“I want to emphasize that the church in Moosonee is not shutting down,” Bishop Tom Corston said. Photo: Art Babych
The diocese of Moosonee will become a mission area of the ecclesiastical province of Ontario if the Ontario provincial synod approves a draft canon.
The Ontario synod meets Oct. 9 to 12 in Kingston, Ont., and includes representatives from the dioceses of Moosonee, Algoma, Huron, Niagara, Ontario, Ottawa and Toronto.
The diocesan synod approved the recommendation that Moosonee become a mission area when it met last March. The plan evolved after almost a year of discussions and consultations on the fate of the diocese, which has been burdened by extreme financial difficulties.
If approved, the transition plan will take effect upon the retirement of Bishop Tom Corston, the diocesan bishop of Moosonee.
Under the plan, the Ontario metropolitan will exercise the authority, jurisdiction and powers presently held by Corston. The metropolitan may authorize other bishops to perform Episcopal duties including the ordination of deacons and priests, confirmations, and consecration of churches, chapels and churchyards.
The metropolitan may appoint an administrator for all of the mission area or administrators for its separate geographic areas. If funds allow it, an assistant bishop may be elected to help the metropolitan.
“I want to emphasize that the church in Moosonee is not shutting down,” Corston told the Anglican Journal. The work of the parishes will continue,” he added. Governance at the parish and deanery level will remain the same.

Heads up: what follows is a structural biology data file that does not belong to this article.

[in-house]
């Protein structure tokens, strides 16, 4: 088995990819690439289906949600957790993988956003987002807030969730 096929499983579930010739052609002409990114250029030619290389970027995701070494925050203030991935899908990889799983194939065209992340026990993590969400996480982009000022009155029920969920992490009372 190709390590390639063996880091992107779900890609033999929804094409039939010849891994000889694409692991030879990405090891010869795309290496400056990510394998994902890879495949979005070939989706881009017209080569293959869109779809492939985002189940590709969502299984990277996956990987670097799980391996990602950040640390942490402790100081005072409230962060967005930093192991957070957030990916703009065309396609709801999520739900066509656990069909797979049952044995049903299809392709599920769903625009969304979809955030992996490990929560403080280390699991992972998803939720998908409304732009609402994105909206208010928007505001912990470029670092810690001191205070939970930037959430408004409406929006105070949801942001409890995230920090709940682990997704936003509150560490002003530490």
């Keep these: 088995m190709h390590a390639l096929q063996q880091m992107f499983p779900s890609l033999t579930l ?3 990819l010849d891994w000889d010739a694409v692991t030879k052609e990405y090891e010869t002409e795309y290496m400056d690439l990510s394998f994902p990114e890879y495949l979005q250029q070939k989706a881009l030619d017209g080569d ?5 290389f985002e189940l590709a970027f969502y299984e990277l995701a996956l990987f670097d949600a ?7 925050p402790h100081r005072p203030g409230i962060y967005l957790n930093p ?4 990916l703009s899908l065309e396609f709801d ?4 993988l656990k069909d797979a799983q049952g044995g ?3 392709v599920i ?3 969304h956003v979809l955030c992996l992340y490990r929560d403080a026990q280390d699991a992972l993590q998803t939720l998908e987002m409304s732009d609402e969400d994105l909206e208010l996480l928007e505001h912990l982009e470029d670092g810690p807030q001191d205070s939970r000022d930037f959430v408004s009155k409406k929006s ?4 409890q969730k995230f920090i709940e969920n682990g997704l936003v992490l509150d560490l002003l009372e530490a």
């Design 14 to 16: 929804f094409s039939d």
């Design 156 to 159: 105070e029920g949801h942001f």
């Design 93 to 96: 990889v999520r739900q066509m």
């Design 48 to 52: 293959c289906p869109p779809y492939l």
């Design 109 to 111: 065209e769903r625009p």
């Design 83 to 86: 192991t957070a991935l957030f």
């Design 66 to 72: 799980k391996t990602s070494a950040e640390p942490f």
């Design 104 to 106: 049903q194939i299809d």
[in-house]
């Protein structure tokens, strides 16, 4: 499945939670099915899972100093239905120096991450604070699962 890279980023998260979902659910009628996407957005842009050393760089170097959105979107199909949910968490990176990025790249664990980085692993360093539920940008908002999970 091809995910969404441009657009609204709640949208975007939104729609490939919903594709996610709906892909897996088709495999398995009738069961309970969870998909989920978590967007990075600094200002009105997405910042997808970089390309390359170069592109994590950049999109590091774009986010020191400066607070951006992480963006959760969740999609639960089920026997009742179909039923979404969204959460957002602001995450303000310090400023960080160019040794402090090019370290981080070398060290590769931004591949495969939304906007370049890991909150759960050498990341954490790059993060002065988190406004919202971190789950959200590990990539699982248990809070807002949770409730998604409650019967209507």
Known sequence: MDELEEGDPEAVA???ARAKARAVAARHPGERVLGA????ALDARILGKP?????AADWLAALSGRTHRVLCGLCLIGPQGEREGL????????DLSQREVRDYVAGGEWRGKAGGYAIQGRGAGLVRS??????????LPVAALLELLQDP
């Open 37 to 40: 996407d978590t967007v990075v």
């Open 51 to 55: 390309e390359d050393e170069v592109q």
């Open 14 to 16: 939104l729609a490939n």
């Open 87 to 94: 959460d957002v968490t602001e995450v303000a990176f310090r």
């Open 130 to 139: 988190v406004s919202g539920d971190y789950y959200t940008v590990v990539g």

The plan does not shut the door on the possibility that Moosonee could be a diocese once again if it is able to recover financially, said Corston. It does, however, satisfy the wishes of Moosonee’s 26 parishes to remain intact. Closure of the synod office alone would reduce annual costs by an estimated $80,000-$100,000.
One of the great missionary dioceses of the Anglican Church of Canada, Moosonee was established in 1872 with the installation of Bishop John Hordon. The diocese of Moosonee encompasses 350,000 sq. miles that covers the middle and northern national provinces of Quebec and Ontario. It consists of three deaneries – James Bay, Kenogami and Cochrane.
Indigenous parishes in the northern deanery of James Bay are supported by bands and councils and have the most potential for growth, according to a document explaining the transition plan. Like many other dioceses and religious denominations across Canada, Moosonee has struggled with declining numbers and declining financial resources.
Non-indigenous parishes have been affected the most. They are located mostly along Highway 11-from Geraldtown to Timmins.